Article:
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A Wonderful Film for Japanophiles
I give this film 10 out of 10 as even after seeing it more than 10 times it still moves me deeply. I was 15 years old when I first saw this movie in the theater in Seattle. I went back to see it again a couple of weeks later. The first 13 minutes during the credits is my favorite scene, filmed in Kyoto in Springtime. Read the book for more background. The Kimono worn by the female actresses are amazing. The late Juzo Itami plays the father. All the dialog is spoken in "Osaka-ben" or Osaka dialect, which has a softer sound than Tokyo dialect. You can also hear some Kyoto-ben too ("gomen-yasu" said by a servant upon entering in the first scene before entering the room). This film brings me to tears it is so beautiful. At the end of the first scene, when the camera pans out to the cherry blossoms outside and the music starts...it is cinematic heaven! I am waiting for this film to come out on DVD.
Guess Who's Coming to Dinner (1967)
I feel sorry for John Seal, the reviewer above, for his views on this movie, as well as his views on interracial marriage. I think this movie is excellent, I enjoyed the performances of all the actors and the message is important. Racial prejudice was common in 1967, and the very first interracial kiss on TV was still to come (it happened in 1969 on Star Trek). People needed to hear the message this movie contains, that color and race are not something that should prevent two people who love each other from marrying. I am a white American married to a Japanese female and I am proud that our children will grow up to live in a world where people have tolerance for different cultures and beliefs. It is sad to watch Spencer Tracy in this movie, knowing he died weeks after it was made. But it was nice that he could act with Katherine Hepburn, the love of his life, so close to his death. That must have made him happy.
Anyone in Love with Japan should see this film
I first went to Japan in 1986 as a high school exchange student. I had been studying about Japan for the past 6 years and was very excited to finally go there to see it in person. Wim Wenders was in a similar situation. He had fallen in love with a particular Japanese film-maker Ozu Yasujiru. Wim had been influenced from an early age by Ozu's work, and he decided to go to Japan while in the middle of making "Paris, Texas." During the break in the making of the film in Los Angeles, Wim boarded a 747 and flew across the Pacific to Tokyo, a place he had never been to before. What we get to see when we watch this film, is not only an interview with the cameraman that worked for Ozu for 25 years, but also Wim's personal discovery of Japan. Much of the film is just straight documentary-type footage accompanied with some pretty weird music. Riding in a taxi at night. Riding in a train at night. Following a little boy who is too tired to walk in the underground shopping mall with his mom, and decides to just sit down. The Cherry Blossom Festival picnics in Tokyo, the dancers at Harajuku on Sundays. A particularly fascinating scene is of a company that manufactures the wax food models you see outside most restaraunts in Japan. Overall, a wonderful film for anyone who loves Japan or is just interested in it. I rate this film among Wim's best works. If you can find it, rent it.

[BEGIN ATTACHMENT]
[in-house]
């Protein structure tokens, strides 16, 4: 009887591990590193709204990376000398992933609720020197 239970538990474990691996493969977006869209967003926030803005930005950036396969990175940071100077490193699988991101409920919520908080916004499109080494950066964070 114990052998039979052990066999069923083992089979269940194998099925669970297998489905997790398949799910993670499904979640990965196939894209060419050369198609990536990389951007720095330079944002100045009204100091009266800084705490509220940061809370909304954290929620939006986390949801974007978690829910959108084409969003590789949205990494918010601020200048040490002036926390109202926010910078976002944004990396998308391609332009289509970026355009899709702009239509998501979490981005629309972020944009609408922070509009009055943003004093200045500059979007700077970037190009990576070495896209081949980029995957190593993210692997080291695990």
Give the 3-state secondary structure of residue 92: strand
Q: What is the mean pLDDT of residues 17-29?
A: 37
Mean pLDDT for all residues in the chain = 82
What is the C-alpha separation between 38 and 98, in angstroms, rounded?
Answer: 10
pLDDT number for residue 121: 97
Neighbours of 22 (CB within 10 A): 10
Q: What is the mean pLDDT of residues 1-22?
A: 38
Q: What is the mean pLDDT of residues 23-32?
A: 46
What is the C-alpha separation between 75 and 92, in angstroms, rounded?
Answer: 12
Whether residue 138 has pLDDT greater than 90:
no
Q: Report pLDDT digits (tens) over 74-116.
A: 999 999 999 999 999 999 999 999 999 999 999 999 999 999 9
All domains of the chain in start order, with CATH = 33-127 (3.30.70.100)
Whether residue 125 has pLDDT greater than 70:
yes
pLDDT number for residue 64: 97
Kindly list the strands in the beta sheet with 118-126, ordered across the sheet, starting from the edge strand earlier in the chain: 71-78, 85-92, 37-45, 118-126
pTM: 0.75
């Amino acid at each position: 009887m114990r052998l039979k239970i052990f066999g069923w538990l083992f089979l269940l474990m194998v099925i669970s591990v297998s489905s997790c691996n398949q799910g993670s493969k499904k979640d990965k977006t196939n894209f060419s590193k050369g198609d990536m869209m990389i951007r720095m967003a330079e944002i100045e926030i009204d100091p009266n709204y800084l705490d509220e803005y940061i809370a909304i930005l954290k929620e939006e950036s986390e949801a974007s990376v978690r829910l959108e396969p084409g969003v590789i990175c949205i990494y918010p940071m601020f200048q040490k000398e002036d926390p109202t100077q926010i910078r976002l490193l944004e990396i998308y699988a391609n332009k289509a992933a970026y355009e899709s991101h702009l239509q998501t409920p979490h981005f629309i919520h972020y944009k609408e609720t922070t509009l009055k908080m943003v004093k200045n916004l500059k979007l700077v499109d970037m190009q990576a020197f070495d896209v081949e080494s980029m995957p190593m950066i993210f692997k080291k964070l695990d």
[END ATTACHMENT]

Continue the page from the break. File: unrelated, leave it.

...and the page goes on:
Changed my life forever
Was 11 years old when this was on TV. "Oh you should watch this it's so good," my parents said. So I didn't watch it, of course. Then on Friday night I went in to the bedroom and turned on the set and surfed through the channels to see what was on. Came upon the last episode of Shogun and was transfixed. Yoko Shimada, so beautiful as the character Mariko, captured my young heart, and I was forever in love with Japan. Started reading the book the next day, read EVERYTHING I could get my hands on about Japan, went to Japan as an exchange student, and am now married to a Japanese girl. This is a wonderful story, and Yoko Shimada was the best choice for the part, looking so natural in Kimono. No woman ever showed more grace, except maybe Audrey Hepburn...